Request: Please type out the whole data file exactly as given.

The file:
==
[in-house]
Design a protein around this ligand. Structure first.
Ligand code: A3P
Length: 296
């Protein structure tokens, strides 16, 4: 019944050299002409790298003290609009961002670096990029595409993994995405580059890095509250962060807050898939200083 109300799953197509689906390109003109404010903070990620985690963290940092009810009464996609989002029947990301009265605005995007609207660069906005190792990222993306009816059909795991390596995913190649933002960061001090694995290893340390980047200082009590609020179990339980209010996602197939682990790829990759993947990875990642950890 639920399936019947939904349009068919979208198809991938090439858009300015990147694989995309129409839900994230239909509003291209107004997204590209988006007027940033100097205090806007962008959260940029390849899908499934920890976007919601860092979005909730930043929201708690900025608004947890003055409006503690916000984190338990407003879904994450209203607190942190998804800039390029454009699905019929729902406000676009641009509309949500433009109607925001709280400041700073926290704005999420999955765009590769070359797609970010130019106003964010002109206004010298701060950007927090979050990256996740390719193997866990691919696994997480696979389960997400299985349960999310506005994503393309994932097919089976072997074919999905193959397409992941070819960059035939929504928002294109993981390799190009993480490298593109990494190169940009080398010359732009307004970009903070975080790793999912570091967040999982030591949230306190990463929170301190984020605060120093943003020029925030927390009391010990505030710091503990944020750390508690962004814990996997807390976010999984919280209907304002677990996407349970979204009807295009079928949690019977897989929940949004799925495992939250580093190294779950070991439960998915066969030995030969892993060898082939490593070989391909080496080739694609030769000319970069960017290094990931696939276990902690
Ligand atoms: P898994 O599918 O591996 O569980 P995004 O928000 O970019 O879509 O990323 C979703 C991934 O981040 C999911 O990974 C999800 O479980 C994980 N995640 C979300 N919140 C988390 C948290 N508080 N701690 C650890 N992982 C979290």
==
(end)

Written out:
[in-house]
Design a protein around this ligand. Structure first.
Ligand code: A3P
Length: 296
């Protein structure tokens, strides 16, 4: 019944050299002409790298003290609009961002670096990029595409993994995405580059890095509250962060807050898939200083 109300799953197509689906390109003109404010903070990620985690963290940092009810009464996609989002029947990301009265605005995007609207660069906005190792990222993306009816059909795991390596995913190649933002960061001090694995290893340390980047200082009590609020179990339980209010996602197939682990790829990759993947990875990642950890 639920399936019947939904349009068919979208198809991938090439858009300015990147694989995309129409839900994230239909509003291209107004997204590209988006007027940033100097205090806007962008959260940029390849899908499934920890976007919601860092979005909730930043929201708690900025608004947890003055409006503690916000984190338990407003879904994450209203607190942190998804800039390029454009699905019929729902406000676009641009509309949500433009109607925001709280400041700073926290704005999420999955765009590769070359797609970010130019106003964010002109206004010298701060950007927090979050990256996740390719193997866990691919696994997480696979389960997400299985349960999310506005994503393309994932097919089976072997074919999905193959397409992941070819960059035939929504928002294109993981390799190009993480490298593109990494190169940009080398010359732009307004970009903070975080790793999912570091967040999982030591949230306190990463929170301190984020605060120093943003020029925030927390009391010990505030710091503990944020750390508690962004814990996997807390976010999984919280209907304002677990996407349970979204009807295009079928949690019977897989929940949004799925495992939250580093190294779950070991439960998915066969030995030969892993060898082939490593070989391909080496080739694609030769000319970069960017290094990931696939276990902690
Ligand atoms: P898994 O599918 O591996 O569980 P995004 O928000 O970019 O879509 O990323 C979703 C991934 O981040 C999911 O990974 C999800 O479980 C994980 N995640 C979300 N919140 C988390 C948290 N508080 N701690 C650890 N992982 C979290």